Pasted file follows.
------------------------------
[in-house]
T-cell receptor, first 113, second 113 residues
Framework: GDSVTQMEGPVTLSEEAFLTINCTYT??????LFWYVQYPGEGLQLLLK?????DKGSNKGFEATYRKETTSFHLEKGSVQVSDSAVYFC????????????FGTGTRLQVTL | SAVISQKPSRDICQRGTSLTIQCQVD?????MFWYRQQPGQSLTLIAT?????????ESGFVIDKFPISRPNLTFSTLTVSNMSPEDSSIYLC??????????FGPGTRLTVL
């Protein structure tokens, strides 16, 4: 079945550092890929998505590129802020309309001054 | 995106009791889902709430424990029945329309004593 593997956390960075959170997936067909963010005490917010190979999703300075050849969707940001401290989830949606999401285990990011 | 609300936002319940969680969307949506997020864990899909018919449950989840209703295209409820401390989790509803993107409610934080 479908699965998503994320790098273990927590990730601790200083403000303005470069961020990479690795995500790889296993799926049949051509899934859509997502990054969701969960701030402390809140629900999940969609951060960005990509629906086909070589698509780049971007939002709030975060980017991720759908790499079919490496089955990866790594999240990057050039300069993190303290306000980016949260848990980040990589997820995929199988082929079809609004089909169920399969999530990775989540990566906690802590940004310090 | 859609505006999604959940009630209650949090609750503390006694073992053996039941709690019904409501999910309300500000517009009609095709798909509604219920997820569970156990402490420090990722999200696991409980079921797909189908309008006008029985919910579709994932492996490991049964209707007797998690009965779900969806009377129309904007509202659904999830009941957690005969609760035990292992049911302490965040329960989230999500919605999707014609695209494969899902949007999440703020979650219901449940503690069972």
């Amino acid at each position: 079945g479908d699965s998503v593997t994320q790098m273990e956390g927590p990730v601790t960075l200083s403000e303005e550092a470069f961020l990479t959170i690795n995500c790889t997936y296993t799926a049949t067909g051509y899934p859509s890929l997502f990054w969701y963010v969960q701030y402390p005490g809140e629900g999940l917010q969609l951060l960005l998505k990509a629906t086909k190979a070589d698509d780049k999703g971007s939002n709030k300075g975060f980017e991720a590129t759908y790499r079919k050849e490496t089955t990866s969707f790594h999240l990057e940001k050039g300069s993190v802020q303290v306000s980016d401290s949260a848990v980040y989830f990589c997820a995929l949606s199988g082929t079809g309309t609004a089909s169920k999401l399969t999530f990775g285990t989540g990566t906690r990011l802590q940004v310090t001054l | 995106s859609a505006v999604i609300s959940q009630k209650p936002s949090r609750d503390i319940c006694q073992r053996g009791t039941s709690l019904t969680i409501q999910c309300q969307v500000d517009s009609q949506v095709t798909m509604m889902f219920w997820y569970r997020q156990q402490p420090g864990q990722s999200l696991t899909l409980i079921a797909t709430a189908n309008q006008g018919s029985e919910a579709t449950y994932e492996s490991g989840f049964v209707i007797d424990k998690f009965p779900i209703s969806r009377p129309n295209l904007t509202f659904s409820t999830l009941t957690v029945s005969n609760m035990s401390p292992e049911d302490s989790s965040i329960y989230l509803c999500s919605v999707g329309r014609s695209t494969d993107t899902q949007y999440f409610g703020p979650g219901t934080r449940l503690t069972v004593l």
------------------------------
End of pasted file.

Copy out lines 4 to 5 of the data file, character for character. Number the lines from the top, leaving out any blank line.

């Protein structure tokens, strides 16, 4: 079945550092890929998505590129802020309309001054 | 995106009791889902709430424990029945329309004593 593997956390960075959170997936067909963010005490917010190979999703300075050849969707940001401290989830949606999401285990990011 | 609300936002319940969680969307949506997020864990899909018919449950989840209703295209409820401390989790509803993107409610934080 479908699965998503994320790098273990927590990730601790200083403000303005470069961020990479690795995500790889296993799926049949051509899934859509997502990054969701969960701030402390809140629900999940969609951060960005990509629906086909070589698509780049971007939002709030975060980017991720759908790499079919490496089955990866790594999240990057050039300069993190303290306000980016949260848990980040990589997820995929199988082929079809609004089909169920399969999530990775989540990566906690802590940004310090 | 859609505006999604959940009630209650949090609750503390006694073992053996039941709690019904409501999910309300500000517009009609095709798909509604219920997820569970156990402490420090990722999200696991409980079921797909189908309008006008029985919910579709994932492996490991049964209707007797998690009965779900969806009377129309904007509202659904999830009941957690005969609760035990292992049911302490965040329960989230999500919605999707014609695209494969899902949007999440703020979650219901449940503690069972």
């Amino acid at each position: 079945g479908d699965s998503v593997t994320q790098m273990e956390g927590p990730v601790t960075l200083s403000e303005e550092a470069f961020l990479t959170i690795n995500c790889t997936y296993t799926a049949t067909g051509y899934p859509s890929l997502f990054w969701y963010v969960q701030y402390p005490g809140e629900g999940l917010q969609l951060l960005l998505k990509a629906t086909k190979a070589d698509d780049k999703g971007s939002n709030k300075g975060f980017e991720a590129t759908y790499r079919k050849e490496t089955t990866s969707f790594h999240l990057e940001k050039g300069s993190v802020q303290v306000s980016d401290s949260a848990v980040y989830f990589c997820a995929l949606s199988g082929t079809g309309t609004a089909s169920k999401l399969t999530f990775g285990t989540g990566t906690r990011l802590q940004v310090t001054l | 995106s859609a505006v999604i609300s959940q009630k209650p936002s949090r609750d503390i319940c006694q073992r053996g009791t039941s709690l019904t969680i409501q999910c309300q969307v500000d517009s009609q949506v095709t798909m509604m889902f219920w997820y569970r997020q156990q402490p420090g864990q990722s999200l696991t899909l409980i079921a797909t709430a189908n309008q006008g018919s029985e919910a579709t449950y994932e492996s490991g989840f049964v209707i007797d424990k998690f009965p779900i209703s969806r009377p129309n295209l904007t509202f659904s409820t999830l009941t957690v029945s005969n609760m035990s401390p292992e049911d302490s989790s965040i329960y989230l509803c999500s919605v999707g329309r014609s695209t494969d993107t899902q949007y999440f409610g703020p979650g219901t934080r449940l503690t069972v004593l």